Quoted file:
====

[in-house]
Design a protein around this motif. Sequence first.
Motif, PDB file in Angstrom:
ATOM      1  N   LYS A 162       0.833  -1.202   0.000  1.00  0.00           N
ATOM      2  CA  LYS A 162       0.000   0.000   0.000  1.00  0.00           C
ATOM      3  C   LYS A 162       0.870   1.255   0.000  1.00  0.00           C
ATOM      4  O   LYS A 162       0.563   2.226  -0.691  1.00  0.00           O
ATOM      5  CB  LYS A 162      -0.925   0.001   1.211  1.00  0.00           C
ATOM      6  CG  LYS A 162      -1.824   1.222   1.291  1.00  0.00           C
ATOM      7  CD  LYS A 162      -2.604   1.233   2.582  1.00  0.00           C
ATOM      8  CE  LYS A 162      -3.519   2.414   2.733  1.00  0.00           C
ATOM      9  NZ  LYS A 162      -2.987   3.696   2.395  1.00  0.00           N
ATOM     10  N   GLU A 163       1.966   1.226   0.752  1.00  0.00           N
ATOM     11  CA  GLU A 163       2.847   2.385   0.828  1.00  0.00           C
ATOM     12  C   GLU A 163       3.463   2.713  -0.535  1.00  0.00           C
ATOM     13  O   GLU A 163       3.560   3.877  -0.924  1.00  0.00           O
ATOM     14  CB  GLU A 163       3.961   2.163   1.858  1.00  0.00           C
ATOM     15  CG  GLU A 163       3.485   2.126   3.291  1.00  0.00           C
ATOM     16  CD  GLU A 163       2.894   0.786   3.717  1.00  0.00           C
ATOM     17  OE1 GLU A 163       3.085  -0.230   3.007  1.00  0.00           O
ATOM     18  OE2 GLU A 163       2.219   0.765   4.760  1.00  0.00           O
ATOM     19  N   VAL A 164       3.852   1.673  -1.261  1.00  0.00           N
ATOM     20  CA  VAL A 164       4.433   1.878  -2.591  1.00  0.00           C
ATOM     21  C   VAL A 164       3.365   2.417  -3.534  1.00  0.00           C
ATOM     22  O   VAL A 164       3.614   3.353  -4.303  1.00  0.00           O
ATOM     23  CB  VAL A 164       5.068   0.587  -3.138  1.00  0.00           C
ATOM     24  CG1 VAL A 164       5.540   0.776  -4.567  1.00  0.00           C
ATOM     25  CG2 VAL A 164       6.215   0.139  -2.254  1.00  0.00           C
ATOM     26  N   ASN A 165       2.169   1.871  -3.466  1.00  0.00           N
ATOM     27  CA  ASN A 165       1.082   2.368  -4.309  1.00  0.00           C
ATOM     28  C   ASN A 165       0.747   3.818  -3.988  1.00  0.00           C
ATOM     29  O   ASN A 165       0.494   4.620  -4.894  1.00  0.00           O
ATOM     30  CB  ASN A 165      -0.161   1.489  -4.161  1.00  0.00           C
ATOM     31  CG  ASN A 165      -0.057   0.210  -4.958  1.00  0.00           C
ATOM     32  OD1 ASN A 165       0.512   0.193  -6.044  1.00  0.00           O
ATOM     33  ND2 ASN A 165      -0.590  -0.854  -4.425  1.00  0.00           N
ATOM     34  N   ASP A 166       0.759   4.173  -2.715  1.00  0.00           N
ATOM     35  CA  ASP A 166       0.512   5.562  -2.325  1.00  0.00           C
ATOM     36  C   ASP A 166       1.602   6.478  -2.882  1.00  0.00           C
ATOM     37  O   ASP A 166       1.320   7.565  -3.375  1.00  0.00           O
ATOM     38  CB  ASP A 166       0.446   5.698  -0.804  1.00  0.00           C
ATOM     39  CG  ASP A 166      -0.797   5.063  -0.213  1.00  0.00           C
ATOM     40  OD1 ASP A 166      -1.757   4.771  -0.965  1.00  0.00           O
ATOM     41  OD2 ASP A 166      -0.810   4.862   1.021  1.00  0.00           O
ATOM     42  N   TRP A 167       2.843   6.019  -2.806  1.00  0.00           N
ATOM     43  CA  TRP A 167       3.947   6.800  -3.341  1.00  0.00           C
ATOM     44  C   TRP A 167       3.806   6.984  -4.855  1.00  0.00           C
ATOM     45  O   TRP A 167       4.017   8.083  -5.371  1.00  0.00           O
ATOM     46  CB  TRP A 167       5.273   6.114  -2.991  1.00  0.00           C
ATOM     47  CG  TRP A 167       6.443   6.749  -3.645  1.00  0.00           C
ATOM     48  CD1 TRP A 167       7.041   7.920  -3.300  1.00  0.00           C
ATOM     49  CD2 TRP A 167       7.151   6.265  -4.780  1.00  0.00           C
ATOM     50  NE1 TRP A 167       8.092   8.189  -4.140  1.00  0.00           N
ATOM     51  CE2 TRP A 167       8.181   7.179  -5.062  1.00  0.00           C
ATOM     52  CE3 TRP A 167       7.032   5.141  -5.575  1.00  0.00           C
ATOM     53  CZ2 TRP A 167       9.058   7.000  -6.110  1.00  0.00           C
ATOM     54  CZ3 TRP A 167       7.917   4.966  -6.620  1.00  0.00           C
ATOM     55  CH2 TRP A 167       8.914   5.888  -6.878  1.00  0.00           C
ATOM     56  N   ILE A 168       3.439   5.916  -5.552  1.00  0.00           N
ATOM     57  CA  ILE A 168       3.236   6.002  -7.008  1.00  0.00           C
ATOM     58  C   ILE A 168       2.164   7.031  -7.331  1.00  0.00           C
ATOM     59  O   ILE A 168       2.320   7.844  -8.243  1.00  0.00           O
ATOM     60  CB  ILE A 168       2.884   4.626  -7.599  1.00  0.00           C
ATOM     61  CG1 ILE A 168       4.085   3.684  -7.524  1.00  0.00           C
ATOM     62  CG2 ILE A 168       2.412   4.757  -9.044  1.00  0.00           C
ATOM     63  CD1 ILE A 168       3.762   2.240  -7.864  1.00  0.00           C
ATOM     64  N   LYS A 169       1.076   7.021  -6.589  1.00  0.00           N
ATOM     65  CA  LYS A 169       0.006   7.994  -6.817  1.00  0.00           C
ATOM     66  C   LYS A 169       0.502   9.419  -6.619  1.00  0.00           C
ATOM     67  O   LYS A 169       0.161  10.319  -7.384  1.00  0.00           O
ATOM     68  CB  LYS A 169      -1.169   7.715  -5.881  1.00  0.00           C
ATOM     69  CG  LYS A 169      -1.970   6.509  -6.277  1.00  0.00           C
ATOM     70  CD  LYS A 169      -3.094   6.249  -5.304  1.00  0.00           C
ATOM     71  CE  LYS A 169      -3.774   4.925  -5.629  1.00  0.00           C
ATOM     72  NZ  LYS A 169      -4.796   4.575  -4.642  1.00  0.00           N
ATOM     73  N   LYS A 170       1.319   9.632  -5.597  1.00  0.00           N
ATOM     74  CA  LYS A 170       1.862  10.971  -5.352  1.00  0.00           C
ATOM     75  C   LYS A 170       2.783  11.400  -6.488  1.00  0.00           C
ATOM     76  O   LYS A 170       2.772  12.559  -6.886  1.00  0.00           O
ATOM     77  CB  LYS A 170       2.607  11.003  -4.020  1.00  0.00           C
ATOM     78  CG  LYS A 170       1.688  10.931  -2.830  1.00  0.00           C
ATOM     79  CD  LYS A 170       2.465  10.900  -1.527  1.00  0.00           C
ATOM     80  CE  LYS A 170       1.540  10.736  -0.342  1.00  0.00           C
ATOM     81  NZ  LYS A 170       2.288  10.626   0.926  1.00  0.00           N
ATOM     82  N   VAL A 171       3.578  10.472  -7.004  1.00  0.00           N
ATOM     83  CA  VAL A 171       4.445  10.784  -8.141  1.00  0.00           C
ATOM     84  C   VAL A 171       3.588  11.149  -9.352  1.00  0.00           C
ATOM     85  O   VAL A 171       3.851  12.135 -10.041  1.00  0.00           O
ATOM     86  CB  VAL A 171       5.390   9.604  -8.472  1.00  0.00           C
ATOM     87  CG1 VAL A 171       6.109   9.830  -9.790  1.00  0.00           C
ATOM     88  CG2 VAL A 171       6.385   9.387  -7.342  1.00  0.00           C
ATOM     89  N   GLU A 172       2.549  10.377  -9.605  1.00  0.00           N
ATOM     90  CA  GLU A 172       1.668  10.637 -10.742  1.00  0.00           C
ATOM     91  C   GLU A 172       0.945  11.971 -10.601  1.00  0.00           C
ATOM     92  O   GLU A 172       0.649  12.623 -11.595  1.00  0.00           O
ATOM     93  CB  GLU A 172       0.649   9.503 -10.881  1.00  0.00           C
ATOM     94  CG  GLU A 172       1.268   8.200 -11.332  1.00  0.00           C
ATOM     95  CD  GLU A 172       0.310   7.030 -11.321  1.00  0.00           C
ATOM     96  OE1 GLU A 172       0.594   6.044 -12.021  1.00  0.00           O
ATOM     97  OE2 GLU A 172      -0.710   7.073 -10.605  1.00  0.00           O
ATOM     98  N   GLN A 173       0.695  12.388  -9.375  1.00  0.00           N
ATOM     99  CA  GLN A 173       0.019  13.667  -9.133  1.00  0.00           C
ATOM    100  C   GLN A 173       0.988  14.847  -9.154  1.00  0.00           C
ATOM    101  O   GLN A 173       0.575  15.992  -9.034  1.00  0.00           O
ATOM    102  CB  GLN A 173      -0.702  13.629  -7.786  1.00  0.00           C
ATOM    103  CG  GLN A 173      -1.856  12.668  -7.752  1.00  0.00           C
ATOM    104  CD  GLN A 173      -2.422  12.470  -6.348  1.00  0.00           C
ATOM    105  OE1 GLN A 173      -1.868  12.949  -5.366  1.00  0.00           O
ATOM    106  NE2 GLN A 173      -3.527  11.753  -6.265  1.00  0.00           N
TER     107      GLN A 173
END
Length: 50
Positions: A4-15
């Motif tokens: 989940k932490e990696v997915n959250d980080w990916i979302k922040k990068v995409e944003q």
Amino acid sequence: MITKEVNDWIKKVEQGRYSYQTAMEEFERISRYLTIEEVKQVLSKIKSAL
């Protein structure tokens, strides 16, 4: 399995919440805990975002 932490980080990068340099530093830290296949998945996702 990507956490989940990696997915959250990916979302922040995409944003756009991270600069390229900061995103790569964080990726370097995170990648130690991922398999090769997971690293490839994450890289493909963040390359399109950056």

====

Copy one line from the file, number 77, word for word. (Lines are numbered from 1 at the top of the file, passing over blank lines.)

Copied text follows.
ATOM     74  CA  LYS A 170       1.862  10.971  -5.352  1.00  0.00           C